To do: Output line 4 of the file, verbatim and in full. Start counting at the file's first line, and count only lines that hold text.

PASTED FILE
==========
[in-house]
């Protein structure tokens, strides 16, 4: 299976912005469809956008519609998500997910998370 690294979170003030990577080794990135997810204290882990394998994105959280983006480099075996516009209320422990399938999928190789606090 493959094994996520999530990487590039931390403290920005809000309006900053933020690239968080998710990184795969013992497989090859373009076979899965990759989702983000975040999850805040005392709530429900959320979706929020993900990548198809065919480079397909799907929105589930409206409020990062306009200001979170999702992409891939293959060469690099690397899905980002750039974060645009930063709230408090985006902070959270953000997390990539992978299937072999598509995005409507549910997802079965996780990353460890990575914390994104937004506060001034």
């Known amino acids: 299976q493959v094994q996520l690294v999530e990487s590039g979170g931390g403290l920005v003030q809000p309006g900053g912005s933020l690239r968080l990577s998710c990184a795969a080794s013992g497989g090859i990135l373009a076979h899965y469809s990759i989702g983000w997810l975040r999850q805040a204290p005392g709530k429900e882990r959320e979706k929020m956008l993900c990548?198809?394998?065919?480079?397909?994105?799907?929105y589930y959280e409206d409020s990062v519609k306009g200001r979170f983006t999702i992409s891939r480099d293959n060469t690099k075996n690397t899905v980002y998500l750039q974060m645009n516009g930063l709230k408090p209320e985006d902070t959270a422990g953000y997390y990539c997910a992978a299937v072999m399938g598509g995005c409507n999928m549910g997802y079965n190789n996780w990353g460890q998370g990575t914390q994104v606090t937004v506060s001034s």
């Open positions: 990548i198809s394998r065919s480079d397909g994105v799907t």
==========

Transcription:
């Open positions: 990548i198809s394998r065919s480079d397909g994105v799907t």